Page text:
|Your cart is currently empty|
Western Style Decor (See Product Ideas Available bottom of page)
Legends of America continually fields questions about western décor and, especially, setting the stage for an Old West Saloon. Whether you're looking for permanent decorating ideas, or, just temporary staging for a special event, you'll find ideas and products here that will provide the raw, rustic and tumbleweed atmosphere you're looking for.
Go Western with rough, unfinished wood items. Use antique or “looks like” antique replica glassware for your saloon style bar. Find accents, lamps and fixtures at vintage shops or contemporary retail stores to enhance the Wild West mood.
To begin, choose a western style motif to focus on. These might include cowboys, cattle, hunting, deer, bear, moose, fishing, mountains, deserts, Native American, lakes, rivers, gambling, agriculture, and pioneers. Choosing a central theme or a combination of motifs will help you in selecting furnishings and accents.
Colors and Textures:
Color schemes for a western-style room generally come from nature – the browns and grays of wood; green, gold, orange, and brick red of leaves and grasses; the range of blues found in the sky, lakes, and rivers. Choose colors to match your motif(s) – browns, greens, and blues for hunting, fishing; oranges, golds, browns, and reds for cowboys and cattle; get lively with desert and Native American with brighter golds, turquoise, and orange; and with a gambling theme that might run the gambit from one single poker table to a lively and colorful casino. Great accent colors for more neutral base tones might include brick red, terra cotta, forest green, navy, orange, and turquoise.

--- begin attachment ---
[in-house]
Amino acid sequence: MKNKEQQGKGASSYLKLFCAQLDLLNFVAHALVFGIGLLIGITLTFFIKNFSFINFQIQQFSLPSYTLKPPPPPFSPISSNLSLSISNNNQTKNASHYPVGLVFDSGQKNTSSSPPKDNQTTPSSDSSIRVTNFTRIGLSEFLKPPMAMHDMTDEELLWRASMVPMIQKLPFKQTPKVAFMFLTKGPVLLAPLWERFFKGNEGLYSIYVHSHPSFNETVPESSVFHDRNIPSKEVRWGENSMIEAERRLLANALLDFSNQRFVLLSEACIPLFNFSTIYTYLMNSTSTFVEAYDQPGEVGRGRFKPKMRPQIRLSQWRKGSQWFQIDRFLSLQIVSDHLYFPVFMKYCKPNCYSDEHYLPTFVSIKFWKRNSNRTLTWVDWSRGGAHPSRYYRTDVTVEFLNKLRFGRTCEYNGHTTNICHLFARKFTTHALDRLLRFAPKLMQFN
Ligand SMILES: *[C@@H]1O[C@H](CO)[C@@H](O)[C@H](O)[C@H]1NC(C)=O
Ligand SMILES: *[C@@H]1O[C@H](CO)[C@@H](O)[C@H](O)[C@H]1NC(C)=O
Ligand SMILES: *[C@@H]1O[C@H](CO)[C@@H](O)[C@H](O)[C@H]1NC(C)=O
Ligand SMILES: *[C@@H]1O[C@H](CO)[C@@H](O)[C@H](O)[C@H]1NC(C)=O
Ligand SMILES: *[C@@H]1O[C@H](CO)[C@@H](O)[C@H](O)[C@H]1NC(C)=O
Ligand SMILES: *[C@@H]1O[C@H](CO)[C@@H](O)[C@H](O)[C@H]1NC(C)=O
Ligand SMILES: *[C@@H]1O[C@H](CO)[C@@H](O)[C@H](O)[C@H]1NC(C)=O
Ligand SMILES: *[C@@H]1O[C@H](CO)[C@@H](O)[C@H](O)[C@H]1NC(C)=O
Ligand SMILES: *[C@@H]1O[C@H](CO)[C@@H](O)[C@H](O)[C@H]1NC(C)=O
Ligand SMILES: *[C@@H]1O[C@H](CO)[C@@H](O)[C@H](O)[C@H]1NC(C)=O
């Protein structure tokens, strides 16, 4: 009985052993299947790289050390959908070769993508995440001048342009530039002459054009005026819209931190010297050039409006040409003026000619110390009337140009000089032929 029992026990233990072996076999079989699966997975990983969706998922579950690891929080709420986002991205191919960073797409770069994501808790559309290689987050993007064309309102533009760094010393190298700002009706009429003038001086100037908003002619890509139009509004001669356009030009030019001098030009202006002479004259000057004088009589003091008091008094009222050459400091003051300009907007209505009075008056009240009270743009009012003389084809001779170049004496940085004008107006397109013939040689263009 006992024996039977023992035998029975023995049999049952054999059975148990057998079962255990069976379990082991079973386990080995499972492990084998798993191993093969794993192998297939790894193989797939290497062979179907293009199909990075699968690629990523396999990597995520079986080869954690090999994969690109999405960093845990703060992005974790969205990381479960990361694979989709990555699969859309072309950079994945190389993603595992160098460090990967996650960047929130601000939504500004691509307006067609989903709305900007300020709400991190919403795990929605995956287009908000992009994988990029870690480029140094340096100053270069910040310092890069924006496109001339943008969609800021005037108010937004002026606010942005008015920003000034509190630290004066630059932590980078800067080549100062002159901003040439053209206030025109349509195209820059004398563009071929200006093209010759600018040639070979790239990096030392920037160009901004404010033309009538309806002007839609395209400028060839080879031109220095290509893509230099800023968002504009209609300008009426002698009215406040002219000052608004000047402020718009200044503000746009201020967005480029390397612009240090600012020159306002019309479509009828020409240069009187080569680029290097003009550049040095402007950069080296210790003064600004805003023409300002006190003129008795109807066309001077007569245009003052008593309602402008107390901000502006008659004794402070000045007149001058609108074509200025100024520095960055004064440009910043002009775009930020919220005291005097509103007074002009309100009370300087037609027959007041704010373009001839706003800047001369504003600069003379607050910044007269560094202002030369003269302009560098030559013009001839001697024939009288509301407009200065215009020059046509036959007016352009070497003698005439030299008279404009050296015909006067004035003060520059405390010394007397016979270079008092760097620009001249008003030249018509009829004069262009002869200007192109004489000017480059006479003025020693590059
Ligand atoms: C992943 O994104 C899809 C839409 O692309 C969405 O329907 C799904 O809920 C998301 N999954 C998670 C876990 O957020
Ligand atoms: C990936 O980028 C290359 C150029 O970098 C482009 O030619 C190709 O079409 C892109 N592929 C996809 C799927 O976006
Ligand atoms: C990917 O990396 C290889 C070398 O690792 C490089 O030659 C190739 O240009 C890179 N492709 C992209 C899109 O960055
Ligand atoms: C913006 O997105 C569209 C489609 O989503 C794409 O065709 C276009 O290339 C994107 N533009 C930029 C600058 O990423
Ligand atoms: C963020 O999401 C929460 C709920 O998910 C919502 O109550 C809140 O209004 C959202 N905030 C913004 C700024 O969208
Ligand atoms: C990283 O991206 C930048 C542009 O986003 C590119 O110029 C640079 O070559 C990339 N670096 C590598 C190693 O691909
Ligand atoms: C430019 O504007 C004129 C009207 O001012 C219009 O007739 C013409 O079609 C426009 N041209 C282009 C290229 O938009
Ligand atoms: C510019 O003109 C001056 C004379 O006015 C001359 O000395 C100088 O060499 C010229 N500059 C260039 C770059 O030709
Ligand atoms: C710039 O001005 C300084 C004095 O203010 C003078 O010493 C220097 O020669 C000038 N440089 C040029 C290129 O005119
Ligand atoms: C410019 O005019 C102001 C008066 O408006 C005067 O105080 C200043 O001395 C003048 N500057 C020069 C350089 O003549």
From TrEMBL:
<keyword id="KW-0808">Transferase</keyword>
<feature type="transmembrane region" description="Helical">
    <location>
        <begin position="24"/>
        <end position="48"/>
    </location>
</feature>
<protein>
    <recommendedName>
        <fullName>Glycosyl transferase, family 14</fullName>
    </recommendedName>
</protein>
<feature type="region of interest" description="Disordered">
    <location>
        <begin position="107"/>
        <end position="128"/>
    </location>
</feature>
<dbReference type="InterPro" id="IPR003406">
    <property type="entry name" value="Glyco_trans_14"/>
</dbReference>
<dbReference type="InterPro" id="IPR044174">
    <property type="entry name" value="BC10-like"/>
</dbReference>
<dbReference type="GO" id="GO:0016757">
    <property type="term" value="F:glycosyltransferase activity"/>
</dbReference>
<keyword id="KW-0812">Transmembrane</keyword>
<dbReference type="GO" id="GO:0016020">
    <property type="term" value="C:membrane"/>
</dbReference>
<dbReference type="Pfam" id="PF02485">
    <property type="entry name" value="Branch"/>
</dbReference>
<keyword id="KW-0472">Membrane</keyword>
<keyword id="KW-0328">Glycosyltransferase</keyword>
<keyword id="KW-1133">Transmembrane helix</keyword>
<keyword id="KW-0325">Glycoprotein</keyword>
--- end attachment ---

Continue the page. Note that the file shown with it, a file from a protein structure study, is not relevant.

Western decorating includes vivid and plentiful textures. Include in your designs, fabrics, accents, wall art, and furnishings, items such as logs, bark, twigs, leather, fringe, yarn, suede, Native American style beading, wool, denim, and fur or fake fur.
Western style furnishings were often large, made of wood, and generally, were very simple, such as Mission style, made of logs, or constructed of weathered wood.
For tables and chairs, don't buy new – mix and match second hand furniture. Old chairs can often be found at garage sales and thrift stores for as little as just a few dollars each. Don't refinish the furniture, but, do make it safe by replacing screws and securing loose or shifting items with wood glue. Cracked leather chairs and ottomans are also good, and because, most believe these are worthless, they can also be purchased at a bargain.
Part of the appeal of a rustic decor is the rough, unfinished look of it. Find instructions and ideas for rustic style do-it-yourself furniture and accessories Here.
When thinking about accents, keep in mind the various textures that work with Western style decorating, such as leather, suede, and wool. For floors, woven rugs, fur or fake fur coverings are perfect. Accent with saddle blankets, leather pillows, Indian style throws, pottery, and weathered farm implements. Though its best to keep numerous small objects at a minimum, you can still work them into larger arrangements. These might include pine cones, acorns, leaves into displays, even rocks. Make a display of these items in a large basket, a rusty pail, or an old washtub. Large accents might include antlers, snowshoes, old skis and sleds, rusted farm implements, and old tools. It would be great fun to include wagon wheels, saddles, and saddlebags; but, even when worn out, these can be expensive. Virtually anything that is old, looks old, or has an "it's always been here" look, it will be perfect.
Here's a quick list of items that might be picked up easily at junk stores, yard sales, flea markets, or at grandma's house, or perhaps even your own garage. All should be old or look like they are. Western-style